Intellectual property has always been closely tied to technology. New inventions in the field of science and technology are protected through intellectual property rights, which in turn encourages research and development. The ability to discover, create, manage and protect intangible assets is critical in leveraging the maximum benefit from investments in a knowledge-based competitive environment.
While companies must often share their competitive and proprietary information with several individuals to conduct their businesses effectively, it is important that such information is kept confidential. The law of trade secrets has evolved to protect confidential information of strategic importance to businesses. Self-administration by trade secret owners is required; however, protection is offered through the application of common law principles.
The biotech sector is one of the most research-intensive and innovative industries of the knowledge age. Two modes of intellectual property protection are relevant to biotechnology – patents and trade secrets. While patents can be granted in biotechnology if the criteria of patentability are met, trade secrets are a relatively new addition in this field.
Since trade secrets may consist of anything developed by a company, including formulas, patterns, devices or the assemblage of information unknown to competing businesses, they can be put to good use in the biotech industry.
Trade secrets can guard biotechnological techniques and processes, a form of protection which companies have not presently exploited. Further, a trade secret may comprise negative, inconclusive or sufficiently redolent research data that can help a person skilled in the art arrive at some economic advantage. All biotech companies have considerable research to their credit, regardless of the stage of conclusiveness. This data is something companies will want to safeguard as strategic to their present functions or future plans. Research investments will be fruitful if the information generated can be protected as a trade secret.
Implementing trade secret measures would entail putting together an information security policy, internal surveillance and a monitoring programme integrated with legal measures against employees or outsiders who breach or try to breach confidentiality. Liabilities are fixed using the law of contracts, agency, restitution and torts, e.g. non-disclosure and non-competing agreements and liabilities for a breach of trust.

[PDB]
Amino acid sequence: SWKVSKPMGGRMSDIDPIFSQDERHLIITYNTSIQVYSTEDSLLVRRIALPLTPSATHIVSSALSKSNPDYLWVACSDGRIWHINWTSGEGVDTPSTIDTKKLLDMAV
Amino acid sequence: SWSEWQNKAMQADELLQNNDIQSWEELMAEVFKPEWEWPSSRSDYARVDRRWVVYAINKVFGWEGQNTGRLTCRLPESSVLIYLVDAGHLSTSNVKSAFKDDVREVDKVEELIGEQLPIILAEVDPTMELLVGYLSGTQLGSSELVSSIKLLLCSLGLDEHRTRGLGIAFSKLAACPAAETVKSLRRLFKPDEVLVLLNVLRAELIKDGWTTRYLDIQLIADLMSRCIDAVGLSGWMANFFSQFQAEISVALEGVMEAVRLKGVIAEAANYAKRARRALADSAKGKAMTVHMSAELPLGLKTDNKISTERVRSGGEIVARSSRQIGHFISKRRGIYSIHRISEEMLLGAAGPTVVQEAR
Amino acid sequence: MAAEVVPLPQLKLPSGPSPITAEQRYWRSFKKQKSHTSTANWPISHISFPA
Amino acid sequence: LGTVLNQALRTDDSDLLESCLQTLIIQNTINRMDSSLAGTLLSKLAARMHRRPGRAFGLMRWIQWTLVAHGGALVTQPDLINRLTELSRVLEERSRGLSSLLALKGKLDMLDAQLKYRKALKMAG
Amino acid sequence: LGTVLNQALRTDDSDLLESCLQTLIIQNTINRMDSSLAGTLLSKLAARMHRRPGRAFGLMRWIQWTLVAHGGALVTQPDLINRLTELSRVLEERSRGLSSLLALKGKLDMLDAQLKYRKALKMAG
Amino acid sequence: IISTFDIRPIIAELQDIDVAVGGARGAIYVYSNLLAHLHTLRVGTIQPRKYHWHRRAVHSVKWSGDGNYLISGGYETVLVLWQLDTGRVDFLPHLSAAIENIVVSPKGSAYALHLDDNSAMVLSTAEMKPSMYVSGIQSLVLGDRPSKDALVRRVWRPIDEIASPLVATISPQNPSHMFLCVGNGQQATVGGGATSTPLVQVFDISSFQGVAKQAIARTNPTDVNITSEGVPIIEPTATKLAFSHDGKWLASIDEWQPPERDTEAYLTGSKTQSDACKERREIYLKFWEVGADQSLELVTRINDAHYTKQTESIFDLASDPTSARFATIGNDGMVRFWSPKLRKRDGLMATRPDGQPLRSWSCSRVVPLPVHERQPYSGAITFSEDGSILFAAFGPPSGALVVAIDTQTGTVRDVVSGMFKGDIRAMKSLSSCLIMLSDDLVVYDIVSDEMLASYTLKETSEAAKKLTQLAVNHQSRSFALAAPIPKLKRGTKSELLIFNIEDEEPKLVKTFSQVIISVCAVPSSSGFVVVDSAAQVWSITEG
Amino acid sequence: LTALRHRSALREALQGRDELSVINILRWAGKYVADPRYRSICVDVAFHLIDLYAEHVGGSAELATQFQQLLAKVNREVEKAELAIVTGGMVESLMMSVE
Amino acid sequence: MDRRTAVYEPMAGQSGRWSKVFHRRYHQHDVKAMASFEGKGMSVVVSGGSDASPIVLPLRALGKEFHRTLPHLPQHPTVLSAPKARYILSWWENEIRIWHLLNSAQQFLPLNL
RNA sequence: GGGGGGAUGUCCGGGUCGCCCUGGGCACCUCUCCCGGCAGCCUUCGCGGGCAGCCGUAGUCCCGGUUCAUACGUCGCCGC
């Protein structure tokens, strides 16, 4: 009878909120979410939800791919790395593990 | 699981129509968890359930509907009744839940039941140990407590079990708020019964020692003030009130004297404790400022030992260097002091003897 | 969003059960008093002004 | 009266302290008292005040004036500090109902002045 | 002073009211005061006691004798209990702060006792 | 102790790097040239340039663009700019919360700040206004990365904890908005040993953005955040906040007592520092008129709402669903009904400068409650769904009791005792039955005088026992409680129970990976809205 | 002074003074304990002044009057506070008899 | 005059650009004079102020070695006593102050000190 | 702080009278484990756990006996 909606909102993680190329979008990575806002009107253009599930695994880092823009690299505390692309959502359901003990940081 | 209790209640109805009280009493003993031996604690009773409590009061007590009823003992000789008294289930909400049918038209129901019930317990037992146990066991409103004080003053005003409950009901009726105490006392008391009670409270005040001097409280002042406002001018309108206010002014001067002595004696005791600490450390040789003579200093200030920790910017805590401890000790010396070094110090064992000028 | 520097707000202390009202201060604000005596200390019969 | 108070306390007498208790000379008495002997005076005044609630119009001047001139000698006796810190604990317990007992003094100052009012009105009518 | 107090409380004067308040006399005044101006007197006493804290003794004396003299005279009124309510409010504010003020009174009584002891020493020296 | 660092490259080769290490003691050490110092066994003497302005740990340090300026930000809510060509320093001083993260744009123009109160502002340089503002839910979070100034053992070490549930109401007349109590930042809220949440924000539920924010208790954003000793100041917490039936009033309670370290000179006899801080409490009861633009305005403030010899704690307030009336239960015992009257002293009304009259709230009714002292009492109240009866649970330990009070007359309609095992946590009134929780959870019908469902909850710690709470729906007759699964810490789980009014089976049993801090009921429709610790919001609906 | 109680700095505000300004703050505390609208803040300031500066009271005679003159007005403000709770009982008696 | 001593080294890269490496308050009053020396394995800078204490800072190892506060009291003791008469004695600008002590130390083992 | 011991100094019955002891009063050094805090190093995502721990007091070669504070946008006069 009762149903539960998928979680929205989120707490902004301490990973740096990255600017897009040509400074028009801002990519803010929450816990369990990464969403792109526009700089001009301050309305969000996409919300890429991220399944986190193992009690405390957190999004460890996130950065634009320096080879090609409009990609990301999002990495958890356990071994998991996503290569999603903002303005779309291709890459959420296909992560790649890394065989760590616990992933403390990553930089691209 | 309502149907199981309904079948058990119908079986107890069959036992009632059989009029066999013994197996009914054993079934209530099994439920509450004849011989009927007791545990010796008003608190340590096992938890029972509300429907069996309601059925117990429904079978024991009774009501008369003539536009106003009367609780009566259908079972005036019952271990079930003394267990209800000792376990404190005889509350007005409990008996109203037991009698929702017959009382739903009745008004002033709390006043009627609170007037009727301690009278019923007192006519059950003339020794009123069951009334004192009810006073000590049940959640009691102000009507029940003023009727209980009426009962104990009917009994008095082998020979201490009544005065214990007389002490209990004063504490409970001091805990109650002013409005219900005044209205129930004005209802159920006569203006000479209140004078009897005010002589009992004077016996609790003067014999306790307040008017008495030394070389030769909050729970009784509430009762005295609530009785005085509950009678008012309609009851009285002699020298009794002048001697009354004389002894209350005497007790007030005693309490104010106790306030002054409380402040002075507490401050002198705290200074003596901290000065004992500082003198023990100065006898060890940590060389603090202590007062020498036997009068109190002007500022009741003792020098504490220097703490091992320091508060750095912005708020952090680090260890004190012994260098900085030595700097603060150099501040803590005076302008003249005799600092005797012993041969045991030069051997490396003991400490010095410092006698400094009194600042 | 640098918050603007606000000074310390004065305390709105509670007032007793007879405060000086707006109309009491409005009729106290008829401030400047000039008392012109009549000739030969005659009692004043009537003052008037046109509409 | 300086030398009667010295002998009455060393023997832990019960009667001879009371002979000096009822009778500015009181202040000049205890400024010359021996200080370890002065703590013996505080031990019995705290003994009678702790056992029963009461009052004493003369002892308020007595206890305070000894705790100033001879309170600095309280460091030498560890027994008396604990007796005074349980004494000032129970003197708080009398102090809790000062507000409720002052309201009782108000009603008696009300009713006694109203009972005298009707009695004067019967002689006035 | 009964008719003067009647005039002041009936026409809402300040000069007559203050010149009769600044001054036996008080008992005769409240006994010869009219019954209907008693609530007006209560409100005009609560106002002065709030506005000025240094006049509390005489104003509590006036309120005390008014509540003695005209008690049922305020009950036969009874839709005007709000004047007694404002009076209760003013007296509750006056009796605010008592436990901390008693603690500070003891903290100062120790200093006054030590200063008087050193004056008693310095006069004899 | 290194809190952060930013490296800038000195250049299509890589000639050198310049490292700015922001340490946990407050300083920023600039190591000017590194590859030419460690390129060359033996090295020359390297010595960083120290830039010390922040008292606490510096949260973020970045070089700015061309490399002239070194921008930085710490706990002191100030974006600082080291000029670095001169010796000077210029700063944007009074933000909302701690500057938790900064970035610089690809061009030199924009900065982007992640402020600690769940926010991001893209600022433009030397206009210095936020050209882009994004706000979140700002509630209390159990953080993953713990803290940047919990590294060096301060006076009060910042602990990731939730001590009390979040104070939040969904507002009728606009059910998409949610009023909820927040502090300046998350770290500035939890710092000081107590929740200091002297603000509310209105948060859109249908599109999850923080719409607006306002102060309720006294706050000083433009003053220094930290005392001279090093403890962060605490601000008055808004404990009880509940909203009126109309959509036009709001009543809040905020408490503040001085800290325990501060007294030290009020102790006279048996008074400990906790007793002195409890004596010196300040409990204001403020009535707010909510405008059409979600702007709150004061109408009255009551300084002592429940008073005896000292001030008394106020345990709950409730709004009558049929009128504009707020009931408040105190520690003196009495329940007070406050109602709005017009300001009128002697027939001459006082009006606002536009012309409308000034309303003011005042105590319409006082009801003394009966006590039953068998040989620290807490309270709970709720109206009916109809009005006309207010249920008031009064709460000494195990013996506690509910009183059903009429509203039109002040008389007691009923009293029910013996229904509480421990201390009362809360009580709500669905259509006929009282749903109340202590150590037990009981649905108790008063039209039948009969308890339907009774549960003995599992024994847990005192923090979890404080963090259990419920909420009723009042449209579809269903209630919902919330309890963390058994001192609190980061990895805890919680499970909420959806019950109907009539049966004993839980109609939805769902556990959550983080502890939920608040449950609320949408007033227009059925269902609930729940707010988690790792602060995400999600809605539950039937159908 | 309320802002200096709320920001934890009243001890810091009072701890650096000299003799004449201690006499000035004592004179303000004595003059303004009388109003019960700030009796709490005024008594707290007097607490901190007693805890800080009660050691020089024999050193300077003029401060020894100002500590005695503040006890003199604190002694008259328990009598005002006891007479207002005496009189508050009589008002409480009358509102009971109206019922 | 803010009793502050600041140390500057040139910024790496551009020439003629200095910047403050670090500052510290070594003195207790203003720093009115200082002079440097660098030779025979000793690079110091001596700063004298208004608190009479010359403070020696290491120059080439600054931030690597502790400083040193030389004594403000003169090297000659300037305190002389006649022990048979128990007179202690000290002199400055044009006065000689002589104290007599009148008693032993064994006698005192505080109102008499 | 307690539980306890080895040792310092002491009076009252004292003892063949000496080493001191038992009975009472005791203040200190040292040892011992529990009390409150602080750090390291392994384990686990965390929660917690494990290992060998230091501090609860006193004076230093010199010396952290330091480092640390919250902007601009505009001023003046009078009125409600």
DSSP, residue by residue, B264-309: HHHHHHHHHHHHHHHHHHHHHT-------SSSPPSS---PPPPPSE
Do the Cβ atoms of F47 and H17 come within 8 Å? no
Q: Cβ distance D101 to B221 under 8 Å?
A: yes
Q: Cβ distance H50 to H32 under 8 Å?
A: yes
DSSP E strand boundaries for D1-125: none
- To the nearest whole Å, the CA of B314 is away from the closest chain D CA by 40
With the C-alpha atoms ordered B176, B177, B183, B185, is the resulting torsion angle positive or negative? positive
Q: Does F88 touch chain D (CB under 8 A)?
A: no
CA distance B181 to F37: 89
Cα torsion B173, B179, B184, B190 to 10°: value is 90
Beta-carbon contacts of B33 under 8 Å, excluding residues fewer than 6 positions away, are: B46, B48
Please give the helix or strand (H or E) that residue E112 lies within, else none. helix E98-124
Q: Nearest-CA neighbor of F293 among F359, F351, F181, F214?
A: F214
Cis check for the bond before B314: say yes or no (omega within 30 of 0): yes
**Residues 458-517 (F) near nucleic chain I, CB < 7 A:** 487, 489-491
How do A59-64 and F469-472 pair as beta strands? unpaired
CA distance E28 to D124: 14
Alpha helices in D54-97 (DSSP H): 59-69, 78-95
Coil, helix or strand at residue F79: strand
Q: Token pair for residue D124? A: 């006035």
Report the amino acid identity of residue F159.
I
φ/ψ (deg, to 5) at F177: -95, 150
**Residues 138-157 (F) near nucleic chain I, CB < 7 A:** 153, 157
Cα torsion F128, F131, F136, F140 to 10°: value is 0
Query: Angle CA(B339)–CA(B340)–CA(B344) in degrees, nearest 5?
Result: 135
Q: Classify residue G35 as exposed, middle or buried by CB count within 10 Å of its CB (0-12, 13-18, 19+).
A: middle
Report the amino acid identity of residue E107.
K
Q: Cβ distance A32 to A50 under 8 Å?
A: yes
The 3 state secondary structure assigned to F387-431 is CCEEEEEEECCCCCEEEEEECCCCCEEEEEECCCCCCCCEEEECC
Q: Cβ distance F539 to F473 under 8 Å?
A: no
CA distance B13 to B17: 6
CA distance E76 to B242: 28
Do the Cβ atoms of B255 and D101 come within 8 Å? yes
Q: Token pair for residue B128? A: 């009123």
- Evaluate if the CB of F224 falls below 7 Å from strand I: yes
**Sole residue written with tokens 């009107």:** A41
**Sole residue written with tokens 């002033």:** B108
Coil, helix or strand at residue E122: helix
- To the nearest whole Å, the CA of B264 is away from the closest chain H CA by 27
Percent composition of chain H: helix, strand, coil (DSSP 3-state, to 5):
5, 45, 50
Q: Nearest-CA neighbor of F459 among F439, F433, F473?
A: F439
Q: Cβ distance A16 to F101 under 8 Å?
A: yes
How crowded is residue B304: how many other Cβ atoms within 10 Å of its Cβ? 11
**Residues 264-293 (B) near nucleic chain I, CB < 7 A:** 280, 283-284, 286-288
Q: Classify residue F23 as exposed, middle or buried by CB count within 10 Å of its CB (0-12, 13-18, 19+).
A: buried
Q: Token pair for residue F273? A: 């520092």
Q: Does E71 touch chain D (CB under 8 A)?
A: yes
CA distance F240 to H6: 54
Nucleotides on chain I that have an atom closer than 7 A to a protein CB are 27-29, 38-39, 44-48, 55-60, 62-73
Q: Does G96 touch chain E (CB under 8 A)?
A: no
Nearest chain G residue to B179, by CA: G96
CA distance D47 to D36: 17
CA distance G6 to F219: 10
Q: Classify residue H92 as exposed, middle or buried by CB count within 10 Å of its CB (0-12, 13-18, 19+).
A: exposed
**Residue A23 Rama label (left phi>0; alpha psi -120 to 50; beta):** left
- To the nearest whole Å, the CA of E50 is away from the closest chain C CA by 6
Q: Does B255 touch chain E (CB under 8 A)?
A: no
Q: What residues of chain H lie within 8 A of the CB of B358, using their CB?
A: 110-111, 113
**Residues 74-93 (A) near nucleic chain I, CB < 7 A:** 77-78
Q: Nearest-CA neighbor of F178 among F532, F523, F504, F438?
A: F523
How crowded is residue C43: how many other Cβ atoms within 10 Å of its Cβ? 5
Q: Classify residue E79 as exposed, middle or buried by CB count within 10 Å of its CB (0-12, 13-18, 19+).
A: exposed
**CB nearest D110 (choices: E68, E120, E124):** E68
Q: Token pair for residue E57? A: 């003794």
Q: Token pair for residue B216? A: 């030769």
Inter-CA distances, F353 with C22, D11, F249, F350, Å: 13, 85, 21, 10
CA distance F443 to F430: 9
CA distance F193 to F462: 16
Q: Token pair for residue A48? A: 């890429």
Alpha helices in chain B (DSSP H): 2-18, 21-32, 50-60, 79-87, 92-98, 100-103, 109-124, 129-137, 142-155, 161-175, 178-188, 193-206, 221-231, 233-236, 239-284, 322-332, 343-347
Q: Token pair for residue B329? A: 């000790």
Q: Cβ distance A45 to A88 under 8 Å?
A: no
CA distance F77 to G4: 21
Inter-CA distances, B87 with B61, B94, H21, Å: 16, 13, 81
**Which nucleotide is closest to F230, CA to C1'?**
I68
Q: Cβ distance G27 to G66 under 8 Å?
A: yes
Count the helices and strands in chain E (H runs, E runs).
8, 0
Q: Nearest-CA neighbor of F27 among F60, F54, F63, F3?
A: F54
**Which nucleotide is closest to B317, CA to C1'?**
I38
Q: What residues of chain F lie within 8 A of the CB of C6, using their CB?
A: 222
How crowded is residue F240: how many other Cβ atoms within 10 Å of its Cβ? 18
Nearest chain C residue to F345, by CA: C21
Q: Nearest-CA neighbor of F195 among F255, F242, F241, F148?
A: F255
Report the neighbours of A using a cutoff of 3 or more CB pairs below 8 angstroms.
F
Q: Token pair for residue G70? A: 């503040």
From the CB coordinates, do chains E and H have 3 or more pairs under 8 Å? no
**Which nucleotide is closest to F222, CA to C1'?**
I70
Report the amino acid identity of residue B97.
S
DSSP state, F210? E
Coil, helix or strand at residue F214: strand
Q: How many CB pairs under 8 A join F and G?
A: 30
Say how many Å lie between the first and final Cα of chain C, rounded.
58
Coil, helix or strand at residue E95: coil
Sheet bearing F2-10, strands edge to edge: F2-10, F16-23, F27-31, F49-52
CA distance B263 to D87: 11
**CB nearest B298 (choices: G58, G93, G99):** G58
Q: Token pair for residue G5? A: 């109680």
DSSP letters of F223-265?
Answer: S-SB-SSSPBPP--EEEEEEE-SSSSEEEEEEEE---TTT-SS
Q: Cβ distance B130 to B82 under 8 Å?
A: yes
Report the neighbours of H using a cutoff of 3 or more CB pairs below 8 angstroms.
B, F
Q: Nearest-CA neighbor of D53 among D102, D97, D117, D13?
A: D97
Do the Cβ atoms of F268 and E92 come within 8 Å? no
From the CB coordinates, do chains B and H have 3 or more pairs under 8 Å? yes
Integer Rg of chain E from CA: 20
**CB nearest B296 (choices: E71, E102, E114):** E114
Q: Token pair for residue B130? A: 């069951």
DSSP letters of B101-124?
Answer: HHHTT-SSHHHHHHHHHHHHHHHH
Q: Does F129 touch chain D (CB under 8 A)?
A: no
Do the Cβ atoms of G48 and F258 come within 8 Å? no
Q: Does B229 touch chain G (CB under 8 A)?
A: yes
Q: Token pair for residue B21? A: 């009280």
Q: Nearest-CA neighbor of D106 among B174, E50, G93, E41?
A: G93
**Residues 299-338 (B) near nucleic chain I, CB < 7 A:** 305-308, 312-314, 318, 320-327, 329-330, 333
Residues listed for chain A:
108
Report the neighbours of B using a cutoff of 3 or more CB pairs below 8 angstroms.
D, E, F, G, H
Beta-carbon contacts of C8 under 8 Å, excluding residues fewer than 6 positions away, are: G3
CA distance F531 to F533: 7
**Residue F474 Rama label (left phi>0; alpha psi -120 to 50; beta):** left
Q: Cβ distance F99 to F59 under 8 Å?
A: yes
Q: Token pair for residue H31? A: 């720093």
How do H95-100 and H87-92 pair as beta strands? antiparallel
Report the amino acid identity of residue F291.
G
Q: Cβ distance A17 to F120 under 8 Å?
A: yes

As biotechnology-based activities intensify in India, the time is ripe to strengthen the intellectual property regime in this area. The limitation presented by patent law comes from the requirement for patentable subject matter and the high standards of patentability in accordance with section 3 of the Patents Act, 1970.
In India, biotechnological products do not always satisfy these criteria i.e. novelty and non-obviousness. Nevertheless, they may have enormous economic value not only as products, but also as a source of information, and thus demand some sort of protection against misappropriation by a competitor.
Moreover, a patent claim requires the full disclosure of an invention; here a claimant is restricted from deriving economic benefit by further development of his invention, as he has already put the invention in the public domain.
A trade secret is preferable to patent protection when the biotechnological invention cannot be easily “reverse engineered”. Inventions which do not fulfill the conditions of a written description and an industrial application may also find trade secrets a viable option. Trade secrets may also be a better choice to protect inventions where infringement is either hard to detect or prevent, or where enforcement costs are high.
A trade secret can include a combination of elements that are in the public domain. To that effect, “a unique, effective, successful and valuable integration of public domain elements” may constitute a trade secret. The test is not whether the information has independent economic value in general, but whether it has independent economic value by remaining unknown to individuals who could obtain economic value from its disclosure.
However, a trade secret does not offer the same level of protection as a patent. Instead, it merely prevents a competitor from using information obtained through illicit actions; thus preventing unfair competition.
For what duration of time the information will remain a secret depends on the pace of technology in the subject area. A trade secret cannot be enforced like a patent; it does not give rise to an action where another person derives it through his own ingenuity or later obtains a patent on it. It is most appropriate when the likelihood of independent discovery is small.
Trade secret safeguards may work in a supplemental manner to patents and can add another dimension for a more holistic application of intellectual property protection. The formulation of trade secret laws would spur further technological research and benefit the development of the industry.
Abhai Pandey is a lawyer with Lex Orbis IP Practice, a law firm specializing in intellectual property issues.
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